Human Shields Deploy to Oil Refinery
Wednesday February 27, 2003
A group of 12 Human Shields from countries including Belgium, South Africa, Italy, Germany, France, Turkey, Slovenia and USA will deploy this afternoon to the Daurra Oil refinery in Baghdad.
One of the group, Mr Tolga Temuge, said the Daurra Refinery has 2700 employees.
"Their families live in 300 houses located on the refinery premises," he said.
"The plant was hit in the first Gulf War and it took 2500 workers 45 days to bring the plant back on line."
Tolga said bombing the Daurra Refinery will not only affect transportation but may also lead to electricity shortages, because the power plants in Iraq run on oil and gas.
"That would make facilities such as the water purification plant and hospitals non-operational," he said.
"The environmental consequences of such an attack will also be devastating. At this stage, we do not know the effects of the leakage on the Tigris river during the first war.
"However, it is clear that the Tigris river and water supplies will be polluted with oil if the plant is damaged."
Tolga said a creche, medical centre and school close to the refinery will give the peace activists a chance to and work alongside the local community.
Daurra Refinery Statement
Peace activists and Human Shields who are currently in Baghdad are positioning themselves at strategically important facilities that serve the civilian population such as power plants, water purification plants, food storages, bridges over the Tigris river, schools, hospitals, refineries and if government permission is granted, cultural and historical sites. All these sites are vital for the people of a modern metropolis like Baghdad. If the US and its allies launch a war against Iraq these sites will be one of the first to be hit. Almost all of these sites were hit in the first Gulf War. Most of the peace activists will also be working closely with the communities around these sites to build a close relationship between the human shields and the Iraqi people.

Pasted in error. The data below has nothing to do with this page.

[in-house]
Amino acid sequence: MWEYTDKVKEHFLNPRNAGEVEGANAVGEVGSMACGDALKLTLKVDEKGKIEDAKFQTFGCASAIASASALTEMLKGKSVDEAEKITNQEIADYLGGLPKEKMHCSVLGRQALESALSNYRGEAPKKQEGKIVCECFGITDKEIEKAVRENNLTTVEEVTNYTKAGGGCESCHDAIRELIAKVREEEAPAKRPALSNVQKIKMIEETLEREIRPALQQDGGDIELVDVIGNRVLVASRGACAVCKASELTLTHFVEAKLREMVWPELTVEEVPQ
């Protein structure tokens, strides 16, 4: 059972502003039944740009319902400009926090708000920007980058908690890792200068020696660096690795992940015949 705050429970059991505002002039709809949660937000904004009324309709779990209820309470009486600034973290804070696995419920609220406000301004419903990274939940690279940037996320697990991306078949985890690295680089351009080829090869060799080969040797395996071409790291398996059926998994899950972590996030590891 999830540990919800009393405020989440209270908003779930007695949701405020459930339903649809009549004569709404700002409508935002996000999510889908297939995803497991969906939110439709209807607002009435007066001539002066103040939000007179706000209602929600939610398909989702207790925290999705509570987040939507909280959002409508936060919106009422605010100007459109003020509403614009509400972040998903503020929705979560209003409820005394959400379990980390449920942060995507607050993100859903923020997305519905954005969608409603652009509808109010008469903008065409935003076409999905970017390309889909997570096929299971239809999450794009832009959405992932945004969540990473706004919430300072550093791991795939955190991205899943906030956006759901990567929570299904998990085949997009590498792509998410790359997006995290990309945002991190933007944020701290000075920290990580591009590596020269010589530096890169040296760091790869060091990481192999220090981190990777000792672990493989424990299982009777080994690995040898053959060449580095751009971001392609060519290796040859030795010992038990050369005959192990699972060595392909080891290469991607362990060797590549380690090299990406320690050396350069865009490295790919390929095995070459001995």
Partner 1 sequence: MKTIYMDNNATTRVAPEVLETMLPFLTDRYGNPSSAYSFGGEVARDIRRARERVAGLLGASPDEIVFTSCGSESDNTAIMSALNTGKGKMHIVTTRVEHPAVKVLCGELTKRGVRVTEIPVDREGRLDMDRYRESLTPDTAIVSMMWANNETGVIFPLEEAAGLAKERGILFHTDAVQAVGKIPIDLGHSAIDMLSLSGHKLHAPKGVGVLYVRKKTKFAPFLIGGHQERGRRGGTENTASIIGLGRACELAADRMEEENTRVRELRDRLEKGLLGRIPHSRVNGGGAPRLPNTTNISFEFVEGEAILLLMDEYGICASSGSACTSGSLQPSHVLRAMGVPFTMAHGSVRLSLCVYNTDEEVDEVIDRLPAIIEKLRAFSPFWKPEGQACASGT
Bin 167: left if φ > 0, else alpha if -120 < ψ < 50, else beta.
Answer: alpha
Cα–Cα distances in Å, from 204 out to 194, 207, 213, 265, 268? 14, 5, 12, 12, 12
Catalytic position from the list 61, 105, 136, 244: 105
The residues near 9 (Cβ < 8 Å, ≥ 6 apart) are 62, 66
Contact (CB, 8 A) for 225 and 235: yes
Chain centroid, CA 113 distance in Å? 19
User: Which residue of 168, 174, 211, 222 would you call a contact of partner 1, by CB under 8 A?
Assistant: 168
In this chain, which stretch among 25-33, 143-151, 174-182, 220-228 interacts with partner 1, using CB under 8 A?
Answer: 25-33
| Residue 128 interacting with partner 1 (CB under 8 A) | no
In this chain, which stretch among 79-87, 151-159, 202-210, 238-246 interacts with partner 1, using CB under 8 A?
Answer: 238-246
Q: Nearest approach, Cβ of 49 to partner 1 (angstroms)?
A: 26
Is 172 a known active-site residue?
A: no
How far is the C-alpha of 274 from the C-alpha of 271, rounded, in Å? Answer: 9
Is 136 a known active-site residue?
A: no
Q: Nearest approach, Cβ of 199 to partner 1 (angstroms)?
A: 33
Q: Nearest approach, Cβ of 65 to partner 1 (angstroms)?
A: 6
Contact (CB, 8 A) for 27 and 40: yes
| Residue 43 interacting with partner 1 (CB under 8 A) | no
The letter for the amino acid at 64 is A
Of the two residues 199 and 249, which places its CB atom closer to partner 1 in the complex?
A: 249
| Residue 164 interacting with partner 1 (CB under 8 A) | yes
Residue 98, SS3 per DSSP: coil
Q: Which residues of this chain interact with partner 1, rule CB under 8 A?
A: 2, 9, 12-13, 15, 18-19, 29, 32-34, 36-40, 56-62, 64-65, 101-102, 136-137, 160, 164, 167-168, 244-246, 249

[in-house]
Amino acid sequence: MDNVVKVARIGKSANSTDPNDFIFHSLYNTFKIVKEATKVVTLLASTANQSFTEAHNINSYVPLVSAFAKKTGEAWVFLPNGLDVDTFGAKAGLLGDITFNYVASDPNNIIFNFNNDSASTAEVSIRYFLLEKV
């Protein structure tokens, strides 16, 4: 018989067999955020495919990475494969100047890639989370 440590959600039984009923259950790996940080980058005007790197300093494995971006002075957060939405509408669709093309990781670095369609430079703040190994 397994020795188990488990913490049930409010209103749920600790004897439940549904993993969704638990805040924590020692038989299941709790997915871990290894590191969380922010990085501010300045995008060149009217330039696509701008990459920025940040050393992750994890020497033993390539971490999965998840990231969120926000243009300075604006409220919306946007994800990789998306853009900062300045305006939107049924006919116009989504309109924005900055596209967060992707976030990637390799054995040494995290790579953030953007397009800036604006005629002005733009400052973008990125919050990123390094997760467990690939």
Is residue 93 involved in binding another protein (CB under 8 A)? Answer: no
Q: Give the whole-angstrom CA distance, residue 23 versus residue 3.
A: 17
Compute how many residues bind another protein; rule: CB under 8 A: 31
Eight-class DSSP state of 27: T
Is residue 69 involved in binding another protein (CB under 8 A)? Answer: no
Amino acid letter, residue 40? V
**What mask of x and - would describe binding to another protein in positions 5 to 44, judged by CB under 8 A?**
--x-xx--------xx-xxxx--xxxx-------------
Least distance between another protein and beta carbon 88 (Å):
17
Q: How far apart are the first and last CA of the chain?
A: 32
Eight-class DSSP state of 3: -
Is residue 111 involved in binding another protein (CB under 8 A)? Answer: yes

We must stress that we are not forced and/or manupulated by the Iraqi government to be deployed on these sites as some corporate media claim. We are here of our own free will because we believe that it is important to build a trust between the Iraqi people who have been oppresed by the western countries for many years. Being on the sites that are so important for the Iraqi people is one of the few but hopefully efective tactics we can use to stop US aggression.
The Oil industry from extraction to transportation to consumption causes severe Environmental damage. Spills and other accidental discharges cover the surface of the ocean, thus preventing the contact of the atmosphere with the sea so that the oxygen vital for marine flora and fauna and marine life is cut off. Marine flora and fauna also absorb hazardous heavy metals endangering their survival. Humans consuming these fish will also be harmed. (Prof.Dr.Ay■en Y§lmaz, instructor at Middle East Technical University (METU) Erdemli Marine Sciences Institute Chemical Oceanography Department)